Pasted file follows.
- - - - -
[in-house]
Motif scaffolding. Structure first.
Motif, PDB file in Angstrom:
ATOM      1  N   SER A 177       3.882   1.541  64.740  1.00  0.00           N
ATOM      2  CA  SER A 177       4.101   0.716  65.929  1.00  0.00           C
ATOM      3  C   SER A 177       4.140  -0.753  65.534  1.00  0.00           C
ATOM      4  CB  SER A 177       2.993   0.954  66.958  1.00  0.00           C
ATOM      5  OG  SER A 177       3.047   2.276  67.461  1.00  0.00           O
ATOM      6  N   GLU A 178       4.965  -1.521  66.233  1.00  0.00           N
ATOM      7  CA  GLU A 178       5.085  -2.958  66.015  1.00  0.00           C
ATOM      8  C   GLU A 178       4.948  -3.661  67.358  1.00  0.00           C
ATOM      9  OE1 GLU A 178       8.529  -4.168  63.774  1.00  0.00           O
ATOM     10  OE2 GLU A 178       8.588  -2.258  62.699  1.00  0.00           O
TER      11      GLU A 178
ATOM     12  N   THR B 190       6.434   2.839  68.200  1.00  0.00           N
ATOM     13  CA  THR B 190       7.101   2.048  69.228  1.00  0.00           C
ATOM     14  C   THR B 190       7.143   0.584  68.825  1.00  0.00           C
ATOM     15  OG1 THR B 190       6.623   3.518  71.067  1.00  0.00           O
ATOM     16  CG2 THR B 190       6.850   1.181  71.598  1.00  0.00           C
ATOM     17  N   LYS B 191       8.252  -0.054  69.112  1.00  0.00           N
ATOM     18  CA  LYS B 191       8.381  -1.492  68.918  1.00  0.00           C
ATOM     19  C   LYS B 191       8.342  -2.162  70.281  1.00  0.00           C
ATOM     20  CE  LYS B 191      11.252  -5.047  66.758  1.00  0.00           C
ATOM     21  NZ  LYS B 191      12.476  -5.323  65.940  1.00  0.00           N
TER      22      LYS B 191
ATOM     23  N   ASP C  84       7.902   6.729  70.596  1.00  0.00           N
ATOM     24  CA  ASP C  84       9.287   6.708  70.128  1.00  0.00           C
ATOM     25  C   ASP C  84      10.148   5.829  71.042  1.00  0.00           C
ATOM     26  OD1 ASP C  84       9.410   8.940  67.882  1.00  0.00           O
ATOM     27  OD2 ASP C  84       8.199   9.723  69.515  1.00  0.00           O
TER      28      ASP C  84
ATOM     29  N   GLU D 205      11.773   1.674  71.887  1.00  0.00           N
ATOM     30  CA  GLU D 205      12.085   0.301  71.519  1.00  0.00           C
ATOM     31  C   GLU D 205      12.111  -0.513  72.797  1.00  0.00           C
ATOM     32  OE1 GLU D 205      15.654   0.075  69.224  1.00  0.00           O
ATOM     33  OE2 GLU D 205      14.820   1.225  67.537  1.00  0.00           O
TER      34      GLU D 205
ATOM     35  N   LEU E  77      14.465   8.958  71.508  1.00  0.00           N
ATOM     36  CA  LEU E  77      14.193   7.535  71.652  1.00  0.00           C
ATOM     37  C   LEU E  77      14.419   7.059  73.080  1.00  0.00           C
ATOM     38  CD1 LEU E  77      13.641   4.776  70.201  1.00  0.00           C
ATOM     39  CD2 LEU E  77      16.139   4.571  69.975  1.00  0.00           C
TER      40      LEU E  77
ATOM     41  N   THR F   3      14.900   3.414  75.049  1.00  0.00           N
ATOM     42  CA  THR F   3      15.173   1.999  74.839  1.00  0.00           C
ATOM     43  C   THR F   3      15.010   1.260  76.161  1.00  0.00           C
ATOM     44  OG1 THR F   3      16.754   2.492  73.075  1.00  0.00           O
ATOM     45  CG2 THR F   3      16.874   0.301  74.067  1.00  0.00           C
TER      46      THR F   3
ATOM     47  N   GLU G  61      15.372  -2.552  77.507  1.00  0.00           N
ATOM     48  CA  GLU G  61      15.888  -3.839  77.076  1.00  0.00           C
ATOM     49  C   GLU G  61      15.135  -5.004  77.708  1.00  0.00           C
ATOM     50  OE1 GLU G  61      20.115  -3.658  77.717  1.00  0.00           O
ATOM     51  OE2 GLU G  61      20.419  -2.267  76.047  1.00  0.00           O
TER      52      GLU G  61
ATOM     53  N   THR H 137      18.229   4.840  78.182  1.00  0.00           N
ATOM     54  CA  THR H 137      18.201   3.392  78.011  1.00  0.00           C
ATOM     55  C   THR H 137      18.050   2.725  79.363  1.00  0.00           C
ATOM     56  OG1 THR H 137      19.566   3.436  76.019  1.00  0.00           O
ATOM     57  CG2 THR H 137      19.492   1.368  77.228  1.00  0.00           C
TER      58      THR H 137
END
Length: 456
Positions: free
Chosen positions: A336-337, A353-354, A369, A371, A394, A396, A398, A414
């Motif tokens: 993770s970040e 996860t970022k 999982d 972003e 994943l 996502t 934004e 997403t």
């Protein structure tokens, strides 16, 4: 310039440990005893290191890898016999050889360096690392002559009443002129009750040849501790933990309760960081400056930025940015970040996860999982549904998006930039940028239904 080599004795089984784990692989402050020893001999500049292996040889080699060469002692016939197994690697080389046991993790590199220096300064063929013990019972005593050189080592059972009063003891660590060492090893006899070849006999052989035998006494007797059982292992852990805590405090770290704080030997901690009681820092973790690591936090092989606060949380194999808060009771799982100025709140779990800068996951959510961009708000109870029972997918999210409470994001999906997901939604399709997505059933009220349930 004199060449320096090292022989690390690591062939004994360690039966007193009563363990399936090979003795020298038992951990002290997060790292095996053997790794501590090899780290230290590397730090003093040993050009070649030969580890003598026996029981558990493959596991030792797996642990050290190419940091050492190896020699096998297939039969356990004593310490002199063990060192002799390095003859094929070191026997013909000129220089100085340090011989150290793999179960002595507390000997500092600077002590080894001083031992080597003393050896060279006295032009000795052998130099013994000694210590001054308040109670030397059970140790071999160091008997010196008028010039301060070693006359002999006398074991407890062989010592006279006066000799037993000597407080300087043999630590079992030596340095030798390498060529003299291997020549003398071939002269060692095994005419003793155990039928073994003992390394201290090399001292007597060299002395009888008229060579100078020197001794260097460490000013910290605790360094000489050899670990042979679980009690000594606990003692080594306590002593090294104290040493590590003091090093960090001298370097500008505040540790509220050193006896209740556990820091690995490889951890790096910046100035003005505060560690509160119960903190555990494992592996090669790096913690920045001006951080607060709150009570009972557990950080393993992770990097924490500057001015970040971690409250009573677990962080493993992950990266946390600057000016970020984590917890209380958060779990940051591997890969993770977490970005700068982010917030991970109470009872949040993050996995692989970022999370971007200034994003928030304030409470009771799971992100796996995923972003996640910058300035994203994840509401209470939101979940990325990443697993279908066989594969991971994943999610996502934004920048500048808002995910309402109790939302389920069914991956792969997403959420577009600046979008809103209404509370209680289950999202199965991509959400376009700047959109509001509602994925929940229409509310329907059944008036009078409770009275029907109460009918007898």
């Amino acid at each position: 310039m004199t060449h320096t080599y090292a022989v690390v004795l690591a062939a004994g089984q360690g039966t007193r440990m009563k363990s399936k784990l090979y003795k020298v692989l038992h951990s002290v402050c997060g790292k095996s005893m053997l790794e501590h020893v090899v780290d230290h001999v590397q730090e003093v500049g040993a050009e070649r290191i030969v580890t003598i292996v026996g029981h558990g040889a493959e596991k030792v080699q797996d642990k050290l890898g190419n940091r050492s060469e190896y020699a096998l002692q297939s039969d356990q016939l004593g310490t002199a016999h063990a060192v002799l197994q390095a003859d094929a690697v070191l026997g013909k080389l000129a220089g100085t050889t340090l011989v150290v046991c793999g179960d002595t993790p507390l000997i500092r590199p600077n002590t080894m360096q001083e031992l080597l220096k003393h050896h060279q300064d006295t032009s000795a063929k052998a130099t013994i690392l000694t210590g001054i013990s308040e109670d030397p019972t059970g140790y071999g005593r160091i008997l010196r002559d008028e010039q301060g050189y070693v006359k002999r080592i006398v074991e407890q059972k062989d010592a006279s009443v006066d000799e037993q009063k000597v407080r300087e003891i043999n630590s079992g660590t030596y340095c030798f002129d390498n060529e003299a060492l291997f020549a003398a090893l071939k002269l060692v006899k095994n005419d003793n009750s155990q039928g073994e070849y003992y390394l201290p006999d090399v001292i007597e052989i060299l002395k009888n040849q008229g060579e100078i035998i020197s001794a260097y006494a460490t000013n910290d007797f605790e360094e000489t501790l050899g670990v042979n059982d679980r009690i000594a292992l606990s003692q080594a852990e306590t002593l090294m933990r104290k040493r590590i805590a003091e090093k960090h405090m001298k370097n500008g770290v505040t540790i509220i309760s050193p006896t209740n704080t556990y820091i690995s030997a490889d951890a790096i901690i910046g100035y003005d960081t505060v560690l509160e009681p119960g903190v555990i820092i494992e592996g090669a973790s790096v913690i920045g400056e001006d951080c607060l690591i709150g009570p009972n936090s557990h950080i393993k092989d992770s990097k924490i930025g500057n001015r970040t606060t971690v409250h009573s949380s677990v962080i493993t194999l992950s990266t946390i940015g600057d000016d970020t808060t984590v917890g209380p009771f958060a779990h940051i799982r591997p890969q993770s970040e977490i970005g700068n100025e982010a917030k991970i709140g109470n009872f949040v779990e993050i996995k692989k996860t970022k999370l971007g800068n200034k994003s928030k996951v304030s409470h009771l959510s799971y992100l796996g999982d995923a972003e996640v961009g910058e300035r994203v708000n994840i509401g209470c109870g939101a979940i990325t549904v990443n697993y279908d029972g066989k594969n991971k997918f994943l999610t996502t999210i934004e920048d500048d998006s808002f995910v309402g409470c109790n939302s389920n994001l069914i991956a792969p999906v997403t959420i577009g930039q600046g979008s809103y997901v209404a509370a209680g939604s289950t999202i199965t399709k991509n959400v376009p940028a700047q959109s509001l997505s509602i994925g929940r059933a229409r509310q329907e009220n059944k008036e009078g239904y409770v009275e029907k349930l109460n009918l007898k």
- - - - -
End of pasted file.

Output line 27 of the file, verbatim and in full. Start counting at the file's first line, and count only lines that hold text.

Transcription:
ATOM     24  CA  ASP C  84       9.287   6.708  70.128  1.00  0.00           C